We use cookies and other similar technologies (Cookies) to enhance your experience and to provide you with relevant content and ads. By using our website, you are agreeing to the use of Cookies. You can change your settings at any time. Cookie Policy.

Column 2

Sandy Kemsley

Web 2.0 webinar with Gartner

Vote 0 Votes

A great webinar on Web 2.0 just finished on ebizQ, which is not normally the place where you'd see a lot of pure Web 2.0 stuff unrelated to integration technologies. You'll be able to see the replay within 24 hours at the same link.

David Mitchell Smith from Gartner is giving a great overview of Web 2.0, particularly how it impacts business. Be sure to download the PowerPoint slides, there are great notes attached.

His bottom line: denial is pointless (I would have said "resistance is futile", but that's just the geeky me coming out), Web 2.0 is happening and you'd better get on board. He even talks about mashups and lightweight integration protocols, blogs, and other things that I don't normally hear from the type of Gartner analysts that I deal with.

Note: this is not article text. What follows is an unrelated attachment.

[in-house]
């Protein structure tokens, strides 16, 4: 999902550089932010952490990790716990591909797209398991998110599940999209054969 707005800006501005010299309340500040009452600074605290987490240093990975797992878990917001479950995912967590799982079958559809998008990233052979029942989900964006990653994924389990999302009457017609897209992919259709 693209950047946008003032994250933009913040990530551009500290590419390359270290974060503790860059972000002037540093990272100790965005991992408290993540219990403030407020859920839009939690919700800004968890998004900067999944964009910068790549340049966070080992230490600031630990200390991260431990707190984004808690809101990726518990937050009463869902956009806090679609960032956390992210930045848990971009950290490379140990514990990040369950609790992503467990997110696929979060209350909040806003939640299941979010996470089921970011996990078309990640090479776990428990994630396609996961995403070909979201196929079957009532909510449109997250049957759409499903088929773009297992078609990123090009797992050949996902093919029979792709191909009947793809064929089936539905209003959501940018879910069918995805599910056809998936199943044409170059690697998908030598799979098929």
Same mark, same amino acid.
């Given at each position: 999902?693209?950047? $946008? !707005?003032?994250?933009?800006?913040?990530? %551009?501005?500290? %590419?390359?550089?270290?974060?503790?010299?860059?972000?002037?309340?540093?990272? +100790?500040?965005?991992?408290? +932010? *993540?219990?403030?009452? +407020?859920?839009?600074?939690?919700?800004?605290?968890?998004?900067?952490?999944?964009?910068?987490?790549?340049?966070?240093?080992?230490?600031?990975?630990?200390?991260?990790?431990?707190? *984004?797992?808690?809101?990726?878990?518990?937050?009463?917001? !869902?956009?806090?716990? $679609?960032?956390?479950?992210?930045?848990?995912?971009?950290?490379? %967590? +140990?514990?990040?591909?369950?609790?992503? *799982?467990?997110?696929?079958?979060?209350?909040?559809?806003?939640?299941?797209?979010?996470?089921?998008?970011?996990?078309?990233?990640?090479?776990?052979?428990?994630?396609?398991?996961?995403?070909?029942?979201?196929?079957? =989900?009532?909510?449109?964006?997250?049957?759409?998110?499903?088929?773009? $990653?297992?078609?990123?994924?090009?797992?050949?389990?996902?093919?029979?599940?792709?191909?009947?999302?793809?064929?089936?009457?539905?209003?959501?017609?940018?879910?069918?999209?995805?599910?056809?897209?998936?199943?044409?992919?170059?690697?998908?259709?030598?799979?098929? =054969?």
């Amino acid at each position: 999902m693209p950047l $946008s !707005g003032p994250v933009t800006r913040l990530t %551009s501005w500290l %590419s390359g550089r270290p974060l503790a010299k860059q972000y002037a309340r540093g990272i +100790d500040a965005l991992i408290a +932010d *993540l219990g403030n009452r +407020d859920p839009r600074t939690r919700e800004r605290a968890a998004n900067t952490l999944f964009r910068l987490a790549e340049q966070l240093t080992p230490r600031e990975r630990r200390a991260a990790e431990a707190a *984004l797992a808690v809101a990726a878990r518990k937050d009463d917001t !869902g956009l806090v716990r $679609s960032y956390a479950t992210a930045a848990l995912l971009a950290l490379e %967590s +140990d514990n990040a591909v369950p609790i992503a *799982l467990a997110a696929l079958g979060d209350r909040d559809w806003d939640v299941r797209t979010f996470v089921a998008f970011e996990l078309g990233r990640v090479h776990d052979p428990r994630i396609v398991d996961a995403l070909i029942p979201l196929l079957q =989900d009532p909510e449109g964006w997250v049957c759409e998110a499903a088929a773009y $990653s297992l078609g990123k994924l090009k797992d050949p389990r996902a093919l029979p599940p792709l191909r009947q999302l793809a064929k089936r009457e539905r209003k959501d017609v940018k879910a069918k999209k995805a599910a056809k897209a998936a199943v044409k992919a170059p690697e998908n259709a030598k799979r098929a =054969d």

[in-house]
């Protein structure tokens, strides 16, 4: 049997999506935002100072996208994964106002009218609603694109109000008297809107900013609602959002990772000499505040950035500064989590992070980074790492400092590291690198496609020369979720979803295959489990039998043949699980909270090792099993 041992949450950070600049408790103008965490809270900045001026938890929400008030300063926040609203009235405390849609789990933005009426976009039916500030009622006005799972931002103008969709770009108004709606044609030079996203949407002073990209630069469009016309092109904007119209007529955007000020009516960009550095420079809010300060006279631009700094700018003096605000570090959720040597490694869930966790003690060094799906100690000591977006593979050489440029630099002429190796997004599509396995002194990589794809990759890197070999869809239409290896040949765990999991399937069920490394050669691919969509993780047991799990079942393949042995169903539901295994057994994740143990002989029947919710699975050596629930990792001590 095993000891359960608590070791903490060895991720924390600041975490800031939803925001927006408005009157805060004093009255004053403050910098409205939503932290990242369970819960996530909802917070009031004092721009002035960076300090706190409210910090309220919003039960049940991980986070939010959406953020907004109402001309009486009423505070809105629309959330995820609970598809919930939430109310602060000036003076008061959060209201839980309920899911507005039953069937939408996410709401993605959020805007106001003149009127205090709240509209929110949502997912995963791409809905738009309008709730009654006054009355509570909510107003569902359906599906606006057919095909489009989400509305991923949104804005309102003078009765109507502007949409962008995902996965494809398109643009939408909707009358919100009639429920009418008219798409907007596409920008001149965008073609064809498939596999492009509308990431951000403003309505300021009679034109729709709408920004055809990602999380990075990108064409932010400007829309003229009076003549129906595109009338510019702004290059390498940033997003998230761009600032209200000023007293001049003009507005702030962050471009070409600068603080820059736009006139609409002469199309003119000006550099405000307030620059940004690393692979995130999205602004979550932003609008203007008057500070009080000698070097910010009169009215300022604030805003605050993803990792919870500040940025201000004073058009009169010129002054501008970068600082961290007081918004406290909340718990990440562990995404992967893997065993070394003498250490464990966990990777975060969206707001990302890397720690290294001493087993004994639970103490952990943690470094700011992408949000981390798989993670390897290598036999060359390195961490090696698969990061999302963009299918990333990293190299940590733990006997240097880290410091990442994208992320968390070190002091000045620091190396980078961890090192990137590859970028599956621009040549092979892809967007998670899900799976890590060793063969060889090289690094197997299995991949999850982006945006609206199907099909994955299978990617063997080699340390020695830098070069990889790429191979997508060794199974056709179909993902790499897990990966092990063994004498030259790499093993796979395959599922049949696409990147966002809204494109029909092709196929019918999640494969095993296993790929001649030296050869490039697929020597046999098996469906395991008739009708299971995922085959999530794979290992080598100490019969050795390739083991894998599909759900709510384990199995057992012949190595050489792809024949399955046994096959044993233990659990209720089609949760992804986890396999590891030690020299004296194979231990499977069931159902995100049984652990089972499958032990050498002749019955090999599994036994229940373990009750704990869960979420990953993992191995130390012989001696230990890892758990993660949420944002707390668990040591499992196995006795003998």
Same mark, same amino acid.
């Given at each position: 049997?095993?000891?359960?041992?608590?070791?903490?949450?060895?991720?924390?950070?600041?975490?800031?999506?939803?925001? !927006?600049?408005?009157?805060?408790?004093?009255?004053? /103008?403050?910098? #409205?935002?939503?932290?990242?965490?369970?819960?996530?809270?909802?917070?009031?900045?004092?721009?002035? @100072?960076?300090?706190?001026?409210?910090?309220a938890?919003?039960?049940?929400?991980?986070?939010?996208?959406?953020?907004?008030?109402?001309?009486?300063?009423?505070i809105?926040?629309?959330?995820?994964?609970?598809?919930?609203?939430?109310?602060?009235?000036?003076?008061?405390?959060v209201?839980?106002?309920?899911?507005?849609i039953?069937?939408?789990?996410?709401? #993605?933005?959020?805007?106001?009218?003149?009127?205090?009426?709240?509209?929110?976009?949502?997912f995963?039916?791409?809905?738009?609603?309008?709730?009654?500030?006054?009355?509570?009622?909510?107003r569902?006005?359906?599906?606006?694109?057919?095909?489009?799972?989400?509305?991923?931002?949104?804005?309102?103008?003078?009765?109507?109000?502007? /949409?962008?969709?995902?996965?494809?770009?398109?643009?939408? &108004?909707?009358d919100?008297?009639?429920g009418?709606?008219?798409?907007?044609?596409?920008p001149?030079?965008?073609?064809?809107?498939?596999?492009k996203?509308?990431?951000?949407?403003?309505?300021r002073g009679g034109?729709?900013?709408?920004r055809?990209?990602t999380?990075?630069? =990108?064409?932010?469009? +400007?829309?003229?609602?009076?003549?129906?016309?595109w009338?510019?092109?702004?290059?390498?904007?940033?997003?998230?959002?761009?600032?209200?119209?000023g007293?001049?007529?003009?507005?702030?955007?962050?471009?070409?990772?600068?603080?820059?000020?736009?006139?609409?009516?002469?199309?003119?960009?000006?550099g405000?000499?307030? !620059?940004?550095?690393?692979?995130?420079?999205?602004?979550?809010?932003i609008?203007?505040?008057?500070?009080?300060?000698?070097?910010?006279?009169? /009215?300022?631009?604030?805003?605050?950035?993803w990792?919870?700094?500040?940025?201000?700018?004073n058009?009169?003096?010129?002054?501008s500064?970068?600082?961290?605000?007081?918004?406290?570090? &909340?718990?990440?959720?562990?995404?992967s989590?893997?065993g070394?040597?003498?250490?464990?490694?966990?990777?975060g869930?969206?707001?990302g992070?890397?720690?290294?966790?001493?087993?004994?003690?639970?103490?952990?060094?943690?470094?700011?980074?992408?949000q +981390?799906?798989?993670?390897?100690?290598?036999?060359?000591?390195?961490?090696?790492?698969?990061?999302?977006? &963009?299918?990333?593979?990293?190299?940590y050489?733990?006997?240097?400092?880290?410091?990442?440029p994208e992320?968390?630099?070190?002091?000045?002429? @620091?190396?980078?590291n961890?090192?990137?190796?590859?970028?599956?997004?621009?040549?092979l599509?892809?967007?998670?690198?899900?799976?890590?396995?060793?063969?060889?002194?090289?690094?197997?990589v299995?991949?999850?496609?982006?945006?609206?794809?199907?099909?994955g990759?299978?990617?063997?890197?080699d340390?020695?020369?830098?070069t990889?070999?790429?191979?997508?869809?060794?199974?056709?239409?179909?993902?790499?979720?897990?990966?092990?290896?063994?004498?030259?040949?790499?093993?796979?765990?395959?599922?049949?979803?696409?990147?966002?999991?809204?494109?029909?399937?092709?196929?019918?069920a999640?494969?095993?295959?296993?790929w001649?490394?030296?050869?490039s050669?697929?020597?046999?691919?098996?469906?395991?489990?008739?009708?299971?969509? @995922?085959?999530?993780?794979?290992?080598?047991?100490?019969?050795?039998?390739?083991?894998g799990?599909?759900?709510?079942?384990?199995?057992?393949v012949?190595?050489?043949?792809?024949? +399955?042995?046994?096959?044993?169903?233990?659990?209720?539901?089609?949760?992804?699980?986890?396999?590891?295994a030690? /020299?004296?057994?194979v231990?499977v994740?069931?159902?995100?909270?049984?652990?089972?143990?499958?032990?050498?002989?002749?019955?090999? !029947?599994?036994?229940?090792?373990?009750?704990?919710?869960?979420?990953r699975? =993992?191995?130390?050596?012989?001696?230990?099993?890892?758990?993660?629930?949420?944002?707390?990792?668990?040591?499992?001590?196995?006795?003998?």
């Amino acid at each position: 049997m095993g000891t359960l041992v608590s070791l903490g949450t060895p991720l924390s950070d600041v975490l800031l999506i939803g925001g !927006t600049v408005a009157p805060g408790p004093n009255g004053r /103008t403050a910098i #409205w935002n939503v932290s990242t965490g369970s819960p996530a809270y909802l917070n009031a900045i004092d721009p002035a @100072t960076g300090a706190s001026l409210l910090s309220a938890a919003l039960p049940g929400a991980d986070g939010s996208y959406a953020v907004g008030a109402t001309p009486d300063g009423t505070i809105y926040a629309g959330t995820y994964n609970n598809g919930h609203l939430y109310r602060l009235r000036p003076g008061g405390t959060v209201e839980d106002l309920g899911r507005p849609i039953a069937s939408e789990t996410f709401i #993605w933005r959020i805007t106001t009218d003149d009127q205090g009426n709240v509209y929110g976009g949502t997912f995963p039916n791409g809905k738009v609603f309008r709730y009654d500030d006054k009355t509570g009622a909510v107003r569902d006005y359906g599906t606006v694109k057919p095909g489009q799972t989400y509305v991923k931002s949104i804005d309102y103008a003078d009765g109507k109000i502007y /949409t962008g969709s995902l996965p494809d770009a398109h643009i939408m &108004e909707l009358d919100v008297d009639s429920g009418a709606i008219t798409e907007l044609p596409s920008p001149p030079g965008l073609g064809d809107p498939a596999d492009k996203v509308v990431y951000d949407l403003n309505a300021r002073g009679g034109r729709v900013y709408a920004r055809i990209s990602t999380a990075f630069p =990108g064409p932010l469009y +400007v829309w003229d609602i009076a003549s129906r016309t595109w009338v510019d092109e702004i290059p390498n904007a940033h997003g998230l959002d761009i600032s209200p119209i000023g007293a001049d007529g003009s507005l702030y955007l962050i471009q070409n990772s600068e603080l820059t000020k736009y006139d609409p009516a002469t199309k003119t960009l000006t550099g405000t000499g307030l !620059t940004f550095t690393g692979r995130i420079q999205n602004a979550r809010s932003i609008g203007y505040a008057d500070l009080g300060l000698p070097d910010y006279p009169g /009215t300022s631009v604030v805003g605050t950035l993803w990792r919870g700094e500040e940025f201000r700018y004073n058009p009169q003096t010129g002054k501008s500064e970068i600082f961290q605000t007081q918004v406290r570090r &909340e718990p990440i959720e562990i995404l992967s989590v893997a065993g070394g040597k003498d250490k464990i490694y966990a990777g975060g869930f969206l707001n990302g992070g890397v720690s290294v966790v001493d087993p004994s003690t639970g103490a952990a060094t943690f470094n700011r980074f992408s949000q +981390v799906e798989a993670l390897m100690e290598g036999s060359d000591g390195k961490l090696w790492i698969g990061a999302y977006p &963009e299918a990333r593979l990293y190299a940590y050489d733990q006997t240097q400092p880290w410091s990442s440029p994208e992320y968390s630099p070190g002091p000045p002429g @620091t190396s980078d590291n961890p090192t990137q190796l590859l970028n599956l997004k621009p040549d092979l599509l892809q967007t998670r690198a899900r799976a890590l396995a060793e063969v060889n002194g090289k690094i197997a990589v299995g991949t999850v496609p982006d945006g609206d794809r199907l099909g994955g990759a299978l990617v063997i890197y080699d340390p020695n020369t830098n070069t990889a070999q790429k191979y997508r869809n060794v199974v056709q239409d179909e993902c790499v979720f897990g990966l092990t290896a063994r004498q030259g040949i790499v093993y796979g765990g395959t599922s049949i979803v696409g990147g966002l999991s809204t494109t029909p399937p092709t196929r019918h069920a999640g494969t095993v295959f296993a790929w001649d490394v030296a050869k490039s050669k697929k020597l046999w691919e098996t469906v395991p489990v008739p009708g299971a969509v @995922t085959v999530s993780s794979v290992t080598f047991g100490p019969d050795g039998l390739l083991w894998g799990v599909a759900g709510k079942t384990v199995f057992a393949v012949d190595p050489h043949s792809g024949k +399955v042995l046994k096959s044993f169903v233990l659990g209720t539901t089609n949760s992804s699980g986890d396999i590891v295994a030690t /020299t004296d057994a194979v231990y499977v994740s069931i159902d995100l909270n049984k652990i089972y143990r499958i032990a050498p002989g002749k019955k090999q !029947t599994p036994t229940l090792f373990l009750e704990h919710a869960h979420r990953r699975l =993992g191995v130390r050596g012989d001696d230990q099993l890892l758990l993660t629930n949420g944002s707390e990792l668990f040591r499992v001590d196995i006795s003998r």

Christopher Crummey from IBM also spoke, and instead of being the usual vendor product pitch, he had some interesting slides on Web 2.0 for business, and particularly how IBM is using some social networking/Web 2.0 technologies internally, such as blogs and customizable portals. He wove in information about their products that support this, but it was done in a pretty unobtrusive way. I've spent a bit of time with some IBM'ers learning about their internal uses of social networking, and it's pretty progressive stuff -- I think that my former colleagues at FileNet may find that their internal collaboration takes a huge leap forward now that they're part of Big Blue.

The only downside of this webinar is that the two presentations went so long that there were only a few minutes left for questions, then some sort of technical difficulty resulted in total dead air until after the scheduled end time. I bailed at 3 minutes past the hour, and more than 30% of the audience had done so by that time as well; I'm assuming that there was no Q&A after all.

Our Popular BPM Bloggers